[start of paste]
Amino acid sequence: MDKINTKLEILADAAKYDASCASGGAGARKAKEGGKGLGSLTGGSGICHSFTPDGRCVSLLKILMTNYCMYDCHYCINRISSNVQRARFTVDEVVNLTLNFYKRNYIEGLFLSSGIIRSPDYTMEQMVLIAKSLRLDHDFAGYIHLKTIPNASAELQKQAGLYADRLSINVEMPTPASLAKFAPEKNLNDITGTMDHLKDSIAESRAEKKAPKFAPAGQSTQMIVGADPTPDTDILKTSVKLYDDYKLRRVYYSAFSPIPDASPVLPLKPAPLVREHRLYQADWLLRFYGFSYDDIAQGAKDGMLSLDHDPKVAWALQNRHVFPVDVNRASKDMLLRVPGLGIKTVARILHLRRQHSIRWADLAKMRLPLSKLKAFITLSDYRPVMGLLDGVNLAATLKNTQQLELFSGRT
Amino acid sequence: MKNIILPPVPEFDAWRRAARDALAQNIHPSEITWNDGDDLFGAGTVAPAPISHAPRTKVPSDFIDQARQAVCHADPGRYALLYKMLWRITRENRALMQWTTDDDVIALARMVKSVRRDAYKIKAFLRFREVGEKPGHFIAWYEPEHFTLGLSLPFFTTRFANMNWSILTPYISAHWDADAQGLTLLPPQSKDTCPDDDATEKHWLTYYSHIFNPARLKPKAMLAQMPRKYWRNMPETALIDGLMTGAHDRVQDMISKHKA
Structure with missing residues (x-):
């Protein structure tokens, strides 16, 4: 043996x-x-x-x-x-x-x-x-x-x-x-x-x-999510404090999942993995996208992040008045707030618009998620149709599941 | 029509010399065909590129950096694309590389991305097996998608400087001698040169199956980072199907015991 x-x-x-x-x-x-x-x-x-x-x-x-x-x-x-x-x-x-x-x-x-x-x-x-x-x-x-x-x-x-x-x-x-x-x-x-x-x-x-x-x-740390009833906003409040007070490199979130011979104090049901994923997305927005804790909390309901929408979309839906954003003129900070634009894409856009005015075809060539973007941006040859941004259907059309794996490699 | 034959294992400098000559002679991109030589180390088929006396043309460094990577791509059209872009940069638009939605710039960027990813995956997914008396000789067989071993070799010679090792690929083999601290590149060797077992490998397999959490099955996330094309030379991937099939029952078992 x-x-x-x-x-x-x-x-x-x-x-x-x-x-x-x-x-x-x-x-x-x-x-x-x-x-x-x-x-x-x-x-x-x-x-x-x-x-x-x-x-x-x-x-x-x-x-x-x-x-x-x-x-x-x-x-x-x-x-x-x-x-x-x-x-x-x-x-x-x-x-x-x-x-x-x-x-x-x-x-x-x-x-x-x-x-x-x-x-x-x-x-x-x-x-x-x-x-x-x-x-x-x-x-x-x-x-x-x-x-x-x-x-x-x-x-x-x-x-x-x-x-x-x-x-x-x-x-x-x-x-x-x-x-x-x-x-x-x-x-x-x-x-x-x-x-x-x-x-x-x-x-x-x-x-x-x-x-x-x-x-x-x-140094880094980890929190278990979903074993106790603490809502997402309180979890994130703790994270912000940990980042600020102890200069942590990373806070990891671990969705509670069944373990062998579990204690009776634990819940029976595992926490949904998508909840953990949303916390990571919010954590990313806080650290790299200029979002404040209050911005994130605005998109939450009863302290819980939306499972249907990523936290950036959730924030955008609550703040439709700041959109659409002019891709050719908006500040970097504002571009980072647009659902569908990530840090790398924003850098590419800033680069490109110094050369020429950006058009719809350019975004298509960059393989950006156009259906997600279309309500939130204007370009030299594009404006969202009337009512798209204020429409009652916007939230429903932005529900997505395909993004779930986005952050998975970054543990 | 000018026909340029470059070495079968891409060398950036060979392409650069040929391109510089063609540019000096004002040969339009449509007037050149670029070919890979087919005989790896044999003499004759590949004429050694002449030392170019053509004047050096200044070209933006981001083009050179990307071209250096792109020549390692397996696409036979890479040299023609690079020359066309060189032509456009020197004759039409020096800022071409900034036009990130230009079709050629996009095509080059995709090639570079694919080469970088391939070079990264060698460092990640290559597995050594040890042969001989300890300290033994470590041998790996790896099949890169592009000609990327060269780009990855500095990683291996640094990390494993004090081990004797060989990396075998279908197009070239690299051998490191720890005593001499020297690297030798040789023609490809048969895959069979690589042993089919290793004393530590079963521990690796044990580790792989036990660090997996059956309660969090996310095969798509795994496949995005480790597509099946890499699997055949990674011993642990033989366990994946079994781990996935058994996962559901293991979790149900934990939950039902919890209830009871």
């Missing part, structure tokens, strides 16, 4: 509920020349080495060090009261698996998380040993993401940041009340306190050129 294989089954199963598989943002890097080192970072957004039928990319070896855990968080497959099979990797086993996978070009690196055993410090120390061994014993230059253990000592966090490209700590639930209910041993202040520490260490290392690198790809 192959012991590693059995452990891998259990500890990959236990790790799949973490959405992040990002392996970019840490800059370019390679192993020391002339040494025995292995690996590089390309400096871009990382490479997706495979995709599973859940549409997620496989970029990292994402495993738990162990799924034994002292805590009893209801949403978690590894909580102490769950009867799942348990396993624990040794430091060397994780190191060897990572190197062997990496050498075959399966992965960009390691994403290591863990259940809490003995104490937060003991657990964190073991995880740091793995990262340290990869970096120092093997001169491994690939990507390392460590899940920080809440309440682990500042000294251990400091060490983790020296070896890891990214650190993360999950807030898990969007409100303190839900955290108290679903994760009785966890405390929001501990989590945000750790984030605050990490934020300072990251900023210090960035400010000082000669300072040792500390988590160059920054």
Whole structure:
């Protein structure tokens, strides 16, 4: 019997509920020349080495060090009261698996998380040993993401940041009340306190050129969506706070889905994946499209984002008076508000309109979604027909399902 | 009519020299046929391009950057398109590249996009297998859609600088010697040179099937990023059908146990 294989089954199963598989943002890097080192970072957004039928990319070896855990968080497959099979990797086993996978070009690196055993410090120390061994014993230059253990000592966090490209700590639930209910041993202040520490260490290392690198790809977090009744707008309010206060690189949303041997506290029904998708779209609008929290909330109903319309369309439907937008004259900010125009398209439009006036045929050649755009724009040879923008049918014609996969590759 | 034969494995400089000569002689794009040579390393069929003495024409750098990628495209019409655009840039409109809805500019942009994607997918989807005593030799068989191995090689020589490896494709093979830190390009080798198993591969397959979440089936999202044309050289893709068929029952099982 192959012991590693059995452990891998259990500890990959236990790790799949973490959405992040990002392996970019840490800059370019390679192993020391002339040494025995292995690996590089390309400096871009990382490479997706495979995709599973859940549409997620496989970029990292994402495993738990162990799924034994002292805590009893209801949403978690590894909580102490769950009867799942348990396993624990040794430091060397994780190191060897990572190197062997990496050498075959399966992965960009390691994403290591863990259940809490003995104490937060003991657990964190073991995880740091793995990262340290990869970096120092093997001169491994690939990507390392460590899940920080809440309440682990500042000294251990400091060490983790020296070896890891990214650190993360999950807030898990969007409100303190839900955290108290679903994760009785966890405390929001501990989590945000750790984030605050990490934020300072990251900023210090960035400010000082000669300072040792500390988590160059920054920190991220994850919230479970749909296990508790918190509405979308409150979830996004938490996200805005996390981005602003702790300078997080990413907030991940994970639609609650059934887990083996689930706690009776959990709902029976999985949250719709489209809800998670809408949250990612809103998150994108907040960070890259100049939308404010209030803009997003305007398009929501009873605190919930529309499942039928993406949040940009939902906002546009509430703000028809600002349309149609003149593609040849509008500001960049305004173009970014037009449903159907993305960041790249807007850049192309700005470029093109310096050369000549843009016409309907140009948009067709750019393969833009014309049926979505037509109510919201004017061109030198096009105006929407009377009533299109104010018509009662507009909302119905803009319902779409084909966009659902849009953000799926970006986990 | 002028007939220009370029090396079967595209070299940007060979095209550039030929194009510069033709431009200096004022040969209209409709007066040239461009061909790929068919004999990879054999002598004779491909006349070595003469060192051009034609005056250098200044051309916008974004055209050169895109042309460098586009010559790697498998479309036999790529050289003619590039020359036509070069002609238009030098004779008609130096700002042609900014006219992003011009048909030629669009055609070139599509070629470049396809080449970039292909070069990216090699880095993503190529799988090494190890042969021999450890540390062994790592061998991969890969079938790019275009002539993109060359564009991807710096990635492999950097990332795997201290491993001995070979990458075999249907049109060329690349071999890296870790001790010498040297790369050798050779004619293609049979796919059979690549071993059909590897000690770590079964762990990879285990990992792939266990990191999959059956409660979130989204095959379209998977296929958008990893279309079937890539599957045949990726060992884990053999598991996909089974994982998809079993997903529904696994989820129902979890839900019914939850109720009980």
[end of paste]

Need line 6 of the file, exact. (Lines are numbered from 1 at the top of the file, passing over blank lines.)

Whole structure: